Use of glucometer and fasting blood glucose as screening tools for diabetes mellitus type 2 and glycated haemoglobin as clinical reference in rural community primary care settings of a middle income country
1 Department of Nutrition, Faculty of Public Health, Khon Kaen University, 123 Mitharaphap Road, Khon Kaen, 40002, Thailand
2 Department of Biostatistics and Demography, Faculty of Public Health, Khon Kaen University, 123 Mitharaphap Road, Khon Kaen, 40002, Thailand
3 Na Klang Hospital, Na Klang District, Nong Bua Lamphu Province, Thailand
4 Faculty of Public Health, Khon Kaen University, 123 Mitharaphap Road, Khon Kaen, 40002, Thailand
BMC Public Health 2012, 12:349 doi:10.1186/1471-2458-12-349Published: 14 May 2012
Thailand is considered to be a middle income country, and to control and prevent type 2 diabetes mellitus (T2DM) is one of the main concerns of the Thai Ministry of Public Health (MoPH). Screening for T2DM and care for T2DM patients has been integrated into the primary health care system, especially in rural areas. The intention of this investigation is to link public health research at the academic level with the local health authorities of a district of a north-eastern province of the country.
Epidemiological methods were applied to validate the screening tools fasting capillary blood glucose (CBG), measured by glucometer and venous blood for the determination of plasma glucose (VPG), used for screening for T2DM among asymptomatic villagers. For assessing the validity of these two methods glycated haemoglobin (HbA1c) values were determined and used as the ‘clinical reference’.
All together 669 villagers were investigated. Determinations of CBG and VPG resulted in suspected T2DM cases, with 7.3% when assessed by CBG and 6.4% by VPG using a cutoff point of 7 mmol/L (126 mg/dl). Taking HbA1c determinations with a cutoff point of 7% into account, the proportion of T2DM suspected participants increased to 10.4%. By estimating sensitivity, specificity and the positive predictive value of CBG and VPG against the ‘clinical reference’ of HbA1c, sensitivity below 50% for both screening methods has been observed. The positive predictive value was determined to be 58.5% for CBG and 56.8% for VPG. The specificity of the two screening tests was over 96%.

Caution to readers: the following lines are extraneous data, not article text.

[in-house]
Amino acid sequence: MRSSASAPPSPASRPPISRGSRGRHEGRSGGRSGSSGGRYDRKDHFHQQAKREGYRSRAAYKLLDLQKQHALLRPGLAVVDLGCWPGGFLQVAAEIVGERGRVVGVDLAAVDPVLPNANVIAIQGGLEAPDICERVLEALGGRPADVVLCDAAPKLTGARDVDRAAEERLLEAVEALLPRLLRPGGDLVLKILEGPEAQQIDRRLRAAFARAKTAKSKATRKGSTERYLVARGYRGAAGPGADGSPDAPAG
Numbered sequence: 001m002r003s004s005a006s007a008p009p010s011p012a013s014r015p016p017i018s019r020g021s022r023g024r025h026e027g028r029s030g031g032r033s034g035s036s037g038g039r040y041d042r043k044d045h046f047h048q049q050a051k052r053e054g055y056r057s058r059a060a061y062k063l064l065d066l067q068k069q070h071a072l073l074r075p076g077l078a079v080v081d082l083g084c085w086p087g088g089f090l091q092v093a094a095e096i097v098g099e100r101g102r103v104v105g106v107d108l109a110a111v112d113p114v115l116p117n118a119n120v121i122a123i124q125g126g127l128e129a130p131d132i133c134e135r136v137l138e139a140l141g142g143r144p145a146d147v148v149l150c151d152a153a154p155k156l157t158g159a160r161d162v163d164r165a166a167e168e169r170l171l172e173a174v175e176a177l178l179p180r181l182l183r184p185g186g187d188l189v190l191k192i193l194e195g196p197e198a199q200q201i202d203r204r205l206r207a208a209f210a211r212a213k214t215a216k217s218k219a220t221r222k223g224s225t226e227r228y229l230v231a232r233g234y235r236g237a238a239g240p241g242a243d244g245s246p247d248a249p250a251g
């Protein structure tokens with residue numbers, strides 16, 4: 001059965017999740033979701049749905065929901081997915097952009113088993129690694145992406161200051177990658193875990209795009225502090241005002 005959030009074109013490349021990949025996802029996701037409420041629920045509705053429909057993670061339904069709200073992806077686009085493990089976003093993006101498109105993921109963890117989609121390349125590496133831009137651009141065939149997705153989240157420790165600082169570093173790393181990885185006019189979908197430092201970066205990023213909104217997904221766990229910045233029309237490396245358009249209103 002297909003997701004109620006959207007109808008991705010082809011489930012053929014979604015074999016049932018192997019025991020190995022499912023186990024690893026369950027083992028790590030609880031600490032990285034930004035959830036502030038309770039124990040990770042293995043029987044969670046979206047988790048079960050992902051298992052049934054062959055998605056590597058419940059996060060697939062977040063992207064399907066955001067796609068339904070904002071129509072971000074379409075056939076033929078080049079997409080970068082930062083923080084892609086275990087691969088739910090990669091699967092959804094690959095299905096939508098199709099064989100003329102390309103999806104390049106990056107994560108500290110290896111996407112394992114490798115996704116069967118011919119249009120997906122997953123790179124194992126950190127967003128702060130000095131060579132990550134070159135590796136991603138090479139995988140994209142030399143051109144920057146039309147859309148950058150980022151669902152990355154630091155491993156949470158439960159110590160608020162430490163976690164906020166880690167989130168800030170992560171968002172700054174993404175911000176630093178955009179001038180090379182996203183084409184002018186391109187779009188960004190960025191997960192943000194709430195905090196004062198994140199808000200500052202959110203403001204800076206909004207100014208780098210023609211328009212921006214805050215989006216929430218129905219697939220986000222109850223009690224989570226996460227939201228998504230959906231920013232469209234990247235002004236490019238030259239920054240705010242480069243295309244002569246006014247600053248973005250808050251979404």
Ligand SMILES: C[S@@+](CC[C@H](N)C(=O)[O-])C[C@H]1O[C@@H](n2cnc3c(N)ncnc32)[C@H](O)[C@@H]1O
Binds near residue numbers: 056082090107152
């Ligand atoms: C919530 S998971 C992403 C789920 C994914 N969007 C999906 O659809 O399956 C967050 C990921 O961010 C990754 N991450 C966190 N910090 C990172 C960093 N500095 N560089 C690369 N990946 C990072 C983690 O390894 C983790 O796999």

The low sensitivity indicates that using fasting CBG or VPG as a screening tool in the field results in a high proportion of diseased individuals remaining undetected. The equally low positive predictive values (below 60%) indicate a high working load for the curative sector in investigating suspected T2DM cases to determine whether they are truly diseased or false positive cases according to the screening method. Further implications of the results and the controversial discussion related to the use of HbA1c as clinical evidence for suffering from T2DM are also discussed.